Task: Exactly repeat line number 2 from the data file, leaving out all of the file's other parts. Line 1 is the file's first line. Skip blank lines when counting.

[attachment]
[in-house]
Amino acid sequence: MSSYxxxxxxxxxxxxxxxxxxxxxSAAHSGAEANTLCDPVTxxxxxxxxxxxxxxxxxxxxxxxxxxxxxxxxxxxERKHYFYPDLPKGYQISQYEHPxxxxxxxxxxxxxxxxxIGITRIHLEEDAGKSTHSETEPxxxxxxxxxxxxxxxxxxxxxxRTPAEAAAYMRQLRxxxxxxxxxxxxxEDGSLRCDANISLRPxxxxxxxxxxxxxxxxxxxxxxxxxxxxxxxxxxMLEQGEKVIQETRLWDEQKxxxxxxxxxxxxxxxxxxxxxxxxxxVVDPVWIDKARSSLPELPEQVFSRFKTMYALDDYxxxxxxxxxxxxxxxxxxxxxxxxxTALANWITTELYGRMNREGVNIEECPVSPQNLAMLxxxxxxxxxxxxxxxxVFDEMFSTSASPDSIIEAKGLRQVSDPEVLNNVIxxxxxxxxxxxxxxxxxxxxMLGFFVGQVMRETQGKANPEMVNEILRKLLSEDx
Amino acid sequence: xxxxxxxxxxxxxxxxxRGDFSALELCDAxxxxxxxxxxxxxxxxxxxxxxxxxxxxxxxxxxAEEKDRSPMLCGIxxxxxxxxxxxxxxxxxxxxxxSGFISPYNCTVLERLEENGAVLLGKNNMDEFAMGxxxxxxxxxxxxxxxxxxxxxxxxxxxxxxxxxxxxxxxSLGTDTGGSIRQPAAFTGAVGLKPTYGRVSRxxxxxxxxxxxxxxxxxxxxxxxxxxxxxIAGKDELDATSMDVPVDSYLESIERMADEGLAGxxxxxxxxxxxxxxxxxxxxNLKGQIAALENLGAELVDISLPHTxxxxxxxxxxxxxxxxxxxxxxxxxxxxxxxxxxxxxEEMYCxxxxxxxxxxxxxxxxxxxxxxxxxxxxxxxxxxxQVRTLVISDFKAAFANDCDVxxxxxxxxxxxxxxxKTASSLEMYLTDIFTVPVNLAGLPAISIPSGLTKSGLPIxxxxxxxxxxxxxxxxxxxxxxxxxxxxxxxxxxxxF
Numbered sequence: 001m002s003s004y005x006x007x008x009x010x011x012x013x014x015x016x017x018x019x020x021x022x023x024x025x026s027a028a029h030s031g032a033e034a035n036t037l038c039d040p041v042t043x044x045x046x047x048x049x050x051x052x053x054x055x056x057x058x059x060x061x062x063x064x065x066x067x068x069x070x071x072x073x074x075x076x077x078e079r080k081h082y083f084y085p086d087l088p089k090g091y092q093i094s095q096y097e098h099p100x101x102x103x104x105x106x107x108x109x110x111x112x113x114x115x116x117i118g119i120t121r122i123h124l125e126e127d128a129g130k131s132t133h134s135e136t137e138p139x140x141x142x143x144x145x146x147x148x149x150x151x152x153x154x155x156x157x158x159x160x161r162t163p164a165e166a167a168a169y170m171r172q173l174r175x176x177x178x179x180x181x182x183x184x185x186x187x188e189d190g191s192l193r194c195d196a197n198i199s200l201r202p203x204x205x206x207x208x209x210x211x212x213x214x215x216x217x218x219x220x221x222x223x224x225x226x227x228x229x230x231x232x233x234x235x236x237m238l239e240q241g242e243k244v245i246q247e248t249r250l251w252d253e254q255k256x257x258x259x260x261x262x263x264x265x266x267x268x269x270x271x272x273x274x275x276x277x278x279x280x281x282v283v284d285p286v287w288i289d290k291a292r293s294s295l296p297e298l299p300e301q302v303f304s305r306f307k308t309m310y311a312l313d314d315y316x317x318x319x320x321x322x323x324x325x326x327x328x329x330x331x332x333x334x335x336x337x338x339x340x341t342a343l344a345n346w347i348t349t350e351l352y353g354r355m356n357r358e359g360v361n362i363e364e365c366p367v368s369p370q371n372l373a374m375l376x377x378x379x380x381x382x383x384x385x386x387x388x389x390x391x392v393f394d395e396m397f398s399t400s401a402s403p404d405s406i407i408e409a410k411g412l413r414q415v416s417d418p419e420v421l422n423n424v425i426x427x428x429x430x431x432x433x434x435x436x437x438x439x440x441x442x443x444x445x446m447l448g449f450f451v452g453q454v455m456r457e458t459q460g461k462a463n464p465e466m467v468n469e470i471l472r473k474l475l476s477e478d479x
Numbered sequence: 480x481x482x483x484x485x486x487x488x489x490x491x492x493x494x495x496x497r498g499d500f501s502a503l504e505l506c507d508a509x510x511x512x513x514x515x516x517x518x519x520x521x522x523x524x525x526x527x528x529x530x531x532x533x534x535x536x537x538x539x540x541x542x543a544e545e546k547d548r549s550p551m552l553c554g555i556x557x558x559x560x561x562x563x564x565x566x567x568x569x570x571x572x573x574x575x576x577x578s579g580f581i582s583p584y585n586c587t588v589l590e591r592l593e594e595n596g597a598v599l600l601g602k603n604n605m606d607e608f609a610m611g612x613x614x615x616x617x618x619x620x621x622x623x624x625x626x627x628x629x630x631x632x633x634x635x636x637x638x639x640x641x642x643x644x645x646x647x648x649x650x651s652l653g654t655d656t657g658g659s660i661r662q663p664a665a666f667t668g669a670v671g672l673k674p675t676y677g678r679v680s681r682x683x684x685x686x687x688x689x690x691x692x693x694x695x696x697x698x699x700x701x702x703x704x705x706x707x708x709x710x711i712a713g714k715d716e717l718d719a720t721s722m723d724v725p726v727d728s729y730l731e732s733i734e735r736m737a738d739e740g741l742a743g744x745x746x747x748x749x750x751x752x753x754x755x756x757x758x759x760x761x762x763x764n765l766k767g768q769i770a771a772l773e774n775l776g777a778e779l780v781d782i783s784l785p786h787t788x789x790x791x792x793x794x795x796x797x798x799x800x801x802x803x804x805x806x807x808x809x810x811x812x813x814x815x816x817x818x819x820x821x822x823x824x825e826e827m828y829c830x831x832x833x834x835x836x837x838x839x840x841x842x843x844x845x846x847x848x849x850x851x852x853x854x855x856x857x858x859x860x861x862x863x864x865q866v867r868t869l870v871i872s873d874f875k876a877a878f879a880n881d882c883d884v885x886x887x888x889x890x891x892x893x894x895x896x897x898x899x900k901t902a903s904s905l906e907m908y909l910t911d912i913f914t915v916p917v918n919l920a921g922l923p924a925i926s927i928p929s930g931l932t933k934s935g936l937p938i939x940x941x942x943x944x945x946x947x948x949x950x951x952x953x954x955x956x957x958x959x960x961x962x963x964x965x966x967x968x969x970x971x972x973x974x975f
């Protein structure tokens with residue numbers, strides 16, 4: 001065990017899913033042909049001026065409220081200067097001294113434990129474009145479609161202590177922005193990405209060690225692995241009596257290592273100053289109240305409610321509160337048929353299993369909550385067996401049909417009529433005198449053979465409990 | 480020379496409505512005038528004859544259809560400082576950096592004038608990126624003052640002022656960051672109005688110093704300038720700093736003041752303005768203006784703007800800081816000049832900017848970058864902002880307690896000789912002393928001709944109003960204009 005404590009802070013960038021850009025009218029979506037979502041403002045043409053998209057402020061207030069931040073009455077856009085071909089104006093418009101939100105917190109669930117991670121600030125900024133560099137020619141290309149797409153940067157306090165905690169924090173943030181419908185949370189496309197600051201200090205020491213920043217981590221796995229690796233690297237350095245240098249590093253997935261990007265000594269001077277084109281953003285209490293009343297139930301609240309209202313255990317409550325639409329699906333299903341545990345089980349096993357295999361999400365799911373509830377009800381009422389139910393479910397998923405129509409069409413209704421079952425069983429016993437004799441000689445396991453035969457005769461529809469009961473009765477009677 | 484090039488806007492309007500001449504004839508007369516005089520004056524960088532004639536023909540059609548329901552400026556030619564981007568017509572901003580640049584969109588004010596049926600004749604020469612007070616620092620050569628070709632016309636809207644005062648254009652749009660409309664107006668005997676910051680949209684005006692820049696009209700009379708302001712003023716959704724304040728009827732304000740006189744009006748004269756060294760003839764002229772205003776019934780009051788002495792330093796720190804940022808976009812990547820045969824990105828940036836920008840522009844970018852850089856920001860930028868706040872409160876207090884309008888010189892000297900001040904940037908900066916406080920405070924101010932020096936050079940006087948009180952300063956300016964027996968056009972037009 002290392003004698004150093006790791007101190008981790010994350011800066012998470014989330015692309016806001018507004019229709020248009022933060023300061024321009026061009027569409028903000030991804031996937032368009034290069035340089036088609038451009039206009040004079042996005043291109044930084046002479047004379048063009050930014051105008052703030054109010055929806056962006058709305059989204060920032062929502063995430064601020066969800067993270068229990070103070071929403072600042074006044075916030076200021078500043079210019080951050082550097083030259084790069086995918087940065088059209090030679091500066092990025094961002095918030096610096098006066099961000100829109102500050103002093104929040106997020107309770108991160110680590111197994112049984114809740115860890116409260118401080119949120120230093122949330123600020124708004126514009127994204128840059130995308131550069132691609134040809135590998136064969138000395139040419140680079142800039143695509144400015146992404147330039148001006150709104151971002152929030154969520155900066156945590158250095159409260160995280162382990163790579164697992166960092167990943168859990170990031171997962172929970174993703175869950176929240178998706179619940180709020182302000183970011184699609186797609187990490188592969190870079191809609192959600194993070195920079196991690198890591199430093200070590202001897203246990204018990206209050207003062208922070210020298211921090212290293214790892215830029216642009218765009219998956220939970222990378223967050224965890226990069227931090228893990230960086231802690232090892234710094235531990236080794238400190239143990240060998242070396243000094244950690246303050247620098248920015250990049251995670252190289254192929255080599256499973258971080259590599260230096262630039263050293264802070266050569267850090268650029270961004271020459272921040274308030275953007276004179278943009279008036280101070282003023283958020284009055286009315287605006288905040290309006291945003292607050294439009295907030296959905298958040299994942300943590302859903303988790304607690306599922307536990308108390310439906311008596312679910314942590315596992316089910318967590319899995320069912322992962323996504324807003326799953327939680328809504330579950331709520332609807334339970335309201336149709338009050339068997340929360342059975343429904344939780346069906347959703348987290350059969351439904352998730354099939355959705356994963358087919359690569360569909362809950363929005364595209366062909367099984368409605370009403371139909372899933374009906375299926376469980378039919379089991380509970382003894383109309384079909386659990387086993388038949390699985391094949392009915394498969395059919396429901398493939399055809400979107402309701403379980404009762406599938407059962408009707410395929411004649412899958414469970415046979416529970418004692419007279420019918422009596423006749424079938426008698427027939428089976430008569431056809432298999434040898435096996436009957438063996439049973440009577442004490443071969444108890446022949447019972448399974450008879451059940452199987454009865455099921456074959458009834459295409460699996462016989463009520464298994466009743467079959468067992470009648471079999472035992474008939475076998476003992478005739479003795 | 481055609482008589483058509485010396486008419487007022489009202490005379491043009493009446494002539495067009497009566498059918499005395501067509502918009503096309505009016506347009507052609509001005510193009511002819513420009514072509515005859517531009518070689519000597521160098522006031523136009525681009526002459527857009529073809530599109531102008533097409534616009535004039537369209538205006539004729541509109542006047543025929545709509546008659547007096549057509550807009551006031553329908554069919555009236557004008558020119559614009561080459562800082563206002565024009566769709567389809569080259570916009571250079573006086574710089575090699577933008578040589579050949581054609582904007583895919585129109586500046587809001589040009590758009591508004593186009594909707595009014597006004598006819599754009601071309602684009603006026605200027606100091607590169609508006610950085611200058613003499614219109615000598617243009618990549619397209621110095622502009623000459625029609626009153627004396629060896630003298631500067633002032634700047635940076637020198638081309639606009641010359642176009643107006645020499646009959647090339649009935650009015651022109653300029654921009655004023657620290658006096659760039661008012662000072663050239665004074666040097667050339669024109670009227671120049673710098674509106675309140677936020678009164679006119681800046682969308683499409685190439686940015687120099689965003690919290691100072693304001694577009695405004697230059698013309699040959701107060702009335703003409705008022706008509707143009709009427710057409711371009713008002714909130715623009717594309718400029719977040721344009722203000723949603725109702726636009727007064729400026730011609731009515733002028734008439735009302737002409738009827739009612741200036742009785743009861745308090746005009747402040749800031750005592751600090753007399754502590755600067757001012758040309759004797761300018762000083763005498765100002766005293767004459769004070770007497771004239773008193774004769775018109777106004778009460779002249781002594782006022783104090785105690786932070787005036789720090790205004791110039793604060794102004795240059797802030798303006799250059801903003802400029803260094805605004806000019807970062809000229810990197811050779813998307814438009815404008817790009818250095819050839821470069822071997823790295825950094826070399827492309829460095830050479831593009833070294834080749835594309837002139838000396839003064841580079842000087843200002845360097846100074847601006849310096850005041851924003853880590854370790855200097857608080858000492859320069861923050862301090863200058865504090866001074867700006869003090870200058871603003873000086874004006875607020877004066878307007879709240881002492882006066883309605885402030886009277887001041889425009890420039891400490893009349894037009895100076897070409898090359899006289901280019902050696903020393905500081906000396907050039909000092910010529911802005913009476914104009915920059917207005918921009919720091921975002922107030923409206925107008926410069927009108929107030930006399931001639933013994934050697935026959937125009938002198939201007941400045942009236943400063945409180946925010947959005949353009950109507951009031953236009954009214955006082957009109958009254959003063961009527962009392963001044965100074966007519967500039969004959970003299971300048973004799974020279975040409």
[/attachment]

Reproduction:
Amino acid sequence: MSSYxxxxxxxxxxxxxxxxxxxxxSAAHSGAEANTLCDPVTxxxxxxxxxxxxxxxxxxxxxxxxxxxxxxxxxxxERKHYFYPDLPKGYQISQYEHPxxxxxxxxxxxxxxxxxIGITRIHLEEDAGKSTHSETEPxxxxxxxxxxxxxxxxxxxxxxRTPAEAAAYMRQLRxxxxxxxxxxxxxEDGSLRCDANISLRPxxxxxxxxxxxxxxxxxxxxxxxxxxxxxxxxxxMLEQGEKVIQETRLWDEQKxxxxxxxxxxxxxxxxxxxxxxxxxxVVDPVWIDKARSSLPELPEQVFSRFKTMYALDDYxxxxxxxxxxxxxxxxxxxxxxxxxTALANWITTELYGRMNREGVNIEECPVSPQNLAMLxxxxxxxxxxxxxxxxVFDEMFSTSASPDSIIEAKGLRQVSDPEVLNNVIxxxxxxxxxxxxxxxxxxxxMLGFFVGQVMRETQGKANPEMVNEILRKLLSEDx